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More Evidence Of A New Economy


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MORE EVIDENCE OF A NEW ECONOMY

Evidence is mounting that productivity growth is returning to the level of the golden 1950s and 1960s. Recent government data show productivity growing about 2% for the past two years, twice the rate of the past two decades. If sustained, the long-term, U.S. noninflationary growth rate would be closer to 3 1/2% than 2 1/2%, with all that implies for wages, profits, and unemployment. The stock market is already rejoicing. On the same day the Bureau of Labor Statistics released its numbers, the Standard & Poor's 500-stock index and Dow Jones industrial average hit record highs.

The 2% rise in productivity in the fourth quarter of 1997 was a stunning surprise. Most economists expected a much lower 0.7%. But the more important move was the quiet revision in the same BLS report of the 1996 productivity growth figure to 1.9%, from 1.3%. Surges in productivity have occurred many times in the past 20 years, but they were always associated with bounce-backs from recessions. This is the first time that a two-year, back-to-back productivity boom of nearly 2% has taken place well into an extended economic expansion. Indeed, manufacturing productivity is actually accelerating, from 3.2% in 1995 and 3.7% in 1996, to 4% last year.

This is good news. For too many years, economists have said their models mandated a modest growth rate of 2% to 2.5% and a jobless rate of 6% if inflation was to be contained. The explanation was simple. With a roughly 1% annual increase in the labor force and an anemic 1% productivity rise, the economy could not grow much faster without generating inflation. This iron rule, expressed in the arcane language of the Phillips curve and NAIRU, placed a dark cloud over America's future and the opportunities it could offer its people.

BUSINESS WEEK has argued for some time that a New Economy was taking shape that could deliver higher growth with low inflation. Business cycles can't be repealed, inflation can't be banned, and the stock market isn't destined to rise forever. But thanks to trade and technology the shape of economic expansion can change--for the better. There can be more jobs for people moving off welfare, the young, single parents, the elderly, and everybody else. There can be more profits for investment and shareholders. There can be more revenues to balance the budget (enough to even cut taxes). This has, in fact, been the reality of the past three years.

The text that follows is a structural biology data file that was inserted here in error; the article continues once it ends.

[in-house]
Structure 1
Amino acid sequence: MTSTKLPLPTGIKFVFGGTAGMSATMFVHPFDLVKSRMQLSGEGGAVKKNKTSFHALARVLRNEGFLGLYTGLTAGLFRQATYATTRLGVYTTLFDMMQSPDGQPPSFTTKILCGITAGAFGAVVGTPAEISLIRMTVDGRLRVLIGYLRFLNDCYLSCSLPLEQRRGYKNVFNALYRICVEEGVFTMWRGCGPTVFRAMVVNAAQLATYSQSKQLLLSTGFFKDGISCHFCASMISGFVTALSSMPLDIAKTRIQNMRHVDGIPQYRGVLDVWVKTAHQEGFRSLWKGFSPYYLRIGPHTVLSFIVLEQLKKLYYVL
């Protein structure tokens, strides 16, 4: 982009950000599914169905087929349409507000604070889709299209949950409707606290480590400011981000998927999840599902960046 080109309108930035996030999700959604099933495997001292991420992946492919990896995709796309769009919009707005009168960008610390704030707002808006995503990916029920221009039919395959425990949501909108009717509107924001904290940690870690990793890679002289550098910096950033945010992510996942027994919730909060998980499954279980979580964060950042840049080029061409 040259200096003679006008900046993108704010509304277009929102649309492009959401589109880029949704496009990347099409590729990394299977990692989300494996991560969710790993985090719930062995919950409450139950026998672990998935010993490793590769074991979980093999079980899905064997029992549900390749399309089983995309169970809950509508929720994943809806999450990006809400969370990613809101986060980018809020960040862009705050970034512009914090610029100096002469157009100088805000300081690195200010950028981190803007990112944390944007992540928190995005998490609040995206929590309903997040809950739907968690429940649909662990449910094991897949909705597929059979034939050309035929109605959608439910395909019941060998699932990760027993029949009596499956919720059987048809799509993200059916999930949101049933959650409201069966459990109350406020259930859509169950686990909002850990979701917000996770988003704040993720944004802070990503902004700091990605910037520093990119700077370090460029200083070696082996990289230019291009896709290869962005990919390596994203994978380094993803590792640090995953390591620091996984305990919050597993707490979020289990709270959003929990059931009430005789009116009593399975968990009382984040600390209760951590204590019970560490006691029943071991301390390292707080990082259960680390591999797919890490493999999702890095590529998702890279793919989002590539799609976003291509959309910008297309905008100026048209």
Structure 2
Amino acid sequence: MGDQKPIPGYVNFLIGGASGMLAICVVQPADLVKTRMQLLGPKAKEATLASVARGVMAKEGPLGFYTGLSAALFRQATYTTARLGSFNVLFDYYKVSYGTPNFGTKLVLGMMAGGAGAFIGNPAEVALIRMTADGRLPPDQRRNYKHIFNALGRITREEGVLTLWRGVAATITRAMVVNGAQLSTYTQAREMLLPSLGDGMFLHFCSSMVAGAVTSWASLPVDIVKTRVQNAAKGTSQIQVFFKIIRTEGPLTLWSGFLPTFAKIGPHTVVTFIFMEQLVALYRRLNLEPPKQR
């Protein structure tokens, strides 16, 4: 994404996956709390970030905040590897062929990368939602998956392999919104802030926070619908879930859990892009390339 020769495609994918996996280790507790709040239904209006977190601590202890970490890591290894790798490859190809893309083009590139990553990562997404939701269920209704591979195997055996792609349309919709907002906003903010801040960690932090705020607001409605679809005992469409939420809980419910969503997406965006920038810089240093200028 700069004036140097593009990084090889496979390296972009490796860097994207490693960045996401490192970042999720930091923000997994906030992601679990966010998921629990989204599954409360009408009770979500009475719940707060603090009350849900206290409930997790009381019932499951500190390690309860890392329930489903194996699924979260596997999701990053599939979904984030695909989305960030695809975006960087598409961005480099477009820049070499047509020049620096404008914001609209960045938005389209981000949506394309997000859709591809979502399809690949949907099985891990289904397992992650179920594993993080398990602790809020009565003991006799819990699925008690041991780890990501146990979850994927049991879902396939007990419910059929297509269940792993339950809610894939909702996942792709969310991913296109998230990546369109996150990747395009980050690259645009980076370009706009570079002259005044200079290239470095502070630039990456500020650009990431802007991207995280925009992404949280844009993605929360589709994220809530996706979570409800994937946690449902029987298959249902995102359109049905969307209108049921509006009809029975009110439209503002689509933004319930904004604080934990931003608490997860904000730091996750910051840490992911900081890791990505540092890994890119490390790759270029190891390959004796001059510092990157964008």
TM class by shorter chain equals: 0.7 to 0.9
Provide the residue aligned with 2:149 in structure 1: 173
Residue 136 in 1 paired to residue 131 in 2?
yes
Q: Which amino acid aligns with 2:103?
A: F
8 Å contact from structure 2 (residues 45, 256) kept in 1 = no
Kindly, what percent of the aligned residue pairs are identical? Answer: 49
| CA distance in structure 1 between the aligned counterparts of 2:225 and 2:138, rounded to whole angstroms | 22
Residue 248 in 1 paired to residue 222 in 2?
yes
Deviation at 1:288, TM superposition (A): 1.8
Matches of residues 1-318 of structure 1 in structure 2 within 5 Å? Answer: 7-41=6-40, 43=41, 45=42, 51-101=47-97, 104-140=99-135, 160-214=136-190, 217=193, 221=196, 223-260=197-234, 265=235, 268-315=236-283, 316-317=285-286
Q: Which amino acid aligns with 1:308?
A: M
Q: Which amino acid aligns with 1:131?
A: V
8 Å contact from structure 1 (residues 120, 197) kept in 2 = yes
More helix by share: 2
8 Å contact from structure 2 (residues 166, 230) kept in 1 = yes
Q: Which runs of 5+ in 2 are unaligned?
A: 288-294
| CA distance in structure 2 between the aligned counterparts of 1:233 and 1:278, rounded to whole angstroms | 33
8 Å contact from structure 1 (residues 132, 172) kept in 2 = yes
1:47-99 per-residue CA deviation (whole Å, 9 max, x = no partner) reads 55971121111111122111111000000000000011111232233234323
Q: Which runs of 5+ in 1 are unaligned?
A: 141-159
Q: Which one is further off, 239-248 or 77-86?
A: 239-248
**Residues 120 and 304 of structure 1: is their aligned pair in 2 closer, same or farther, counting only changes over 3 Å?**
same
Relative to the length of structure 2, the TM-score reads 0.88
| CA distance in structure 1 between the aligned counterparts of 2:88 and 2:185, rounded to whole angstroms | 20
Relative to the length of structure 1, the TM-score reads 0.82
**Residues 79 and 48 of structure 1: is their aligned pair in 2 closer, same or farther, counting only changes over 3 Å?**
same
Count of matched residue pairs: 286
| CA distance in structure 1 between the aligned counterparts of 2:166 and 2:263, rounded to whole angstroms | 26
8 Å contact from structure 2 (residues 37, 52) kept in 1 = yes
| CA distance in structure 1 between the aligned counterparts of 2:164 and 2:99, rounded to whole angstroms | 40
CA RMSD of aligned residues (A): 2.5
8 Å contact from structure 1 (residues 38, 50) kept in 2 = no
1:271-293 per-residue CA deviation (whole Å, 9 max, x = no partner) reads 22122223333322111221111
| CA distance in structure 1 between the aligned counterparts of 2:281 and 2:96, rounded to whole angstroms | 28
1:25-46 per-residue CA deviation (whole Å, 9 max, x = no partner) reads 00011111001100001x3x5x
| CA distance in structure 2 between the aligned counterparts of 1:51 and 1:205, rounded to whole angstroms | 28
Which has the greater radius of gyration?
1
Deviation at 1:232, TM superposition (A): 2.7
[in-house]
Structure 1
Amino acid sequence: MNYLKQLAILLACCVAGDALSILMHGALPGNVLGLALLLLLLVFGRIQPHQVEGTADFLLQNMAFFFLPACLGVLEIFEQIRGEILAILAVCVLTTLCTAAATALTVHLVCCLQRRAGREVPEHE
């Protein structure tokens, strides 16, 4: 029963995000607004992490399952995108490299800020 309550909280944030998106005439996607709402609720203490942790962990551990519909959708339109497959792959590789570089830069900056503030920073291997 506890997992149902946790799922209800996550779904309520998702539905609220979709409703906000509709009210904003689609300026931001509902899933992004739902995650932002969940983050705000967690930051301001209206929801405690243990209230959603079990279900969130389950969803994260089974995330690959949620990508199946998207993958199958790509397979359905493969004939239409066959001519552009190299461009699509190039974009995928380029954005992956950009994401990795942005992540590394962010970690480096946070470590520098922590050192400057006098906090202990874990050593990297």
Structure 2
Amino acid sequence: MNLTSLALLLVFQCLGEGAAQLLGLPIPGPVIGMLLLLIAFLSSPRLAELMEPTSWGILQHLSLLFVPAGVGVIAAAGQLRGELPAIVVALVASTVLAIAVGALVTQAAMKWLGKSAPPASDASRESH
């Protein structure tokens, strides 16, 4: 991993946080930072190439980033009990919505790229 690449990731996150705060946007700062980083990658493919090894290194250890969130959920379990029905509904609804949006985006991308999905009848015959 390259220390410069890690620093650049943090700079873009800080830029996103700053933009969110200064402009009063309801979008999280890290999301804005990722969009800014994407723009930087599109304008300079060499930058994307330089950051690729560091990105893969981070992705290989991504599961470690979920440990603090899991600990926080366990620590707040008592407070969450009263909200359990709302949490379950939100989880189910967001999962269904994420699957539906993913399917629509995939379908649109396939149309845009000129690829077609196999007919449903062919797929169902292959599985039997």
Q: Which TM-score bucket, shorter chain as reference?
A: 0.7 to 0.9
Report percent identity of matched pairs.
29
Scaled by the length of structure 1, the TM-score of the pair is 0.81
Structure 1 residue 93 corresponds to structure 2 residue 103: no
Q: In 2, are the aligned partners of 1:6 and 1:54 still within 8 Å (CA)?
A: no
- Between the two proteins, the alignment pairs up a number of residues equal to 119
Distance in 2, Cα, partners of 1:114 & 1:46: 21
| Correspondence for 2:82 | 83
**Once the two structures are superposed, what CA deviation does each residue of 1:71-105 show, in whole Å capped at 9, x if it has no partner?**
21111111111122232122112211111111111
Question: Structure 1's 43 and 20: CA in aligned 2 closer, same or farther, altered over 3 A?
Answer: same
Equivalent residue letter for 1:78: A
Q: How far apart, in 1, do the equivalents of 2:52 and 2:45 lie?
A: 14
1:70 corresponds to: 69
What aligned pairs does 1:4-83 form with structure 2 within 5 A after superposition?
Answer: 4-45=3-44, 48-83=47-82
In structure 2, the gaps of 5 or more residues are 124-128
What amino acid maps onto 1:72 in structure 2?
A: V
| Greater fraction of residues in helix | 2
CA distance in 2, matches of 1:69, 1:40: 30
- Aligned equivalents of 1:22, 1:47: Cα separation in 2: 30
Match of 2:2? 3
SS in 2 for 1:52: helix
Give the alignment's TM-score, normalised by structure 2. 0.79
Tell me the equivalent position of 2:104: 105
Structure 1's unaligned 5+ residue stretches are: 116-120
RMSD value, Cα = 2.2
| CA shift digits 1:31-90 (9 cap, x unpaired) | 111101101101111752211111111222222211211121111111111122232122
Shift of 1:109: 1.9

What has been missing from the New Economy argument, until now, has been statistical evidence. If globalization and technology are boosting efficiency, then productivity growth should be high and last well into the business cycle. Until the BLS revision, official data offered no strong evidence of this. Or not much. CEOs insisted productivity was rising. Federal Reserve Board Chairman Alan Greenspan believed so as well. But the stats were squishy. Now, they are more robust.

What changed in the figures? Based on fresh data, the BLS has concluded that its original numbers overstated the number of hours actually worked by employees. Since productivity is all about delivering more output per unit of work time, fewer hours worked means higher measured productivity. They were producing more in less time.

It is still possible that the productivity surge is cyclical and will disappear. Most economists concede that established models cannot explain the events of the past three years. Yet by and large, they believe that special factors, such as a rising dollar, declining commodity prices, and worker anxiety are responsible for the above-trend noninflationary growth in the U.S., not the New Economy paradigm.

Perhaps they will turn out to be right. But for now, the onus of proof is shifting onto their shoulders. The new data on productivity strengthen the New Economy argument. So keep an eye on the productivity numbers in the months ahead, especially if the economy slows. If productivity growth continues to clock in at around 2%, then BUSINESS WEEK, Greenspan, and many top CEOs are right, and the economy, after a 25-year hiatus, is back in the fast lane.


Later, Baby
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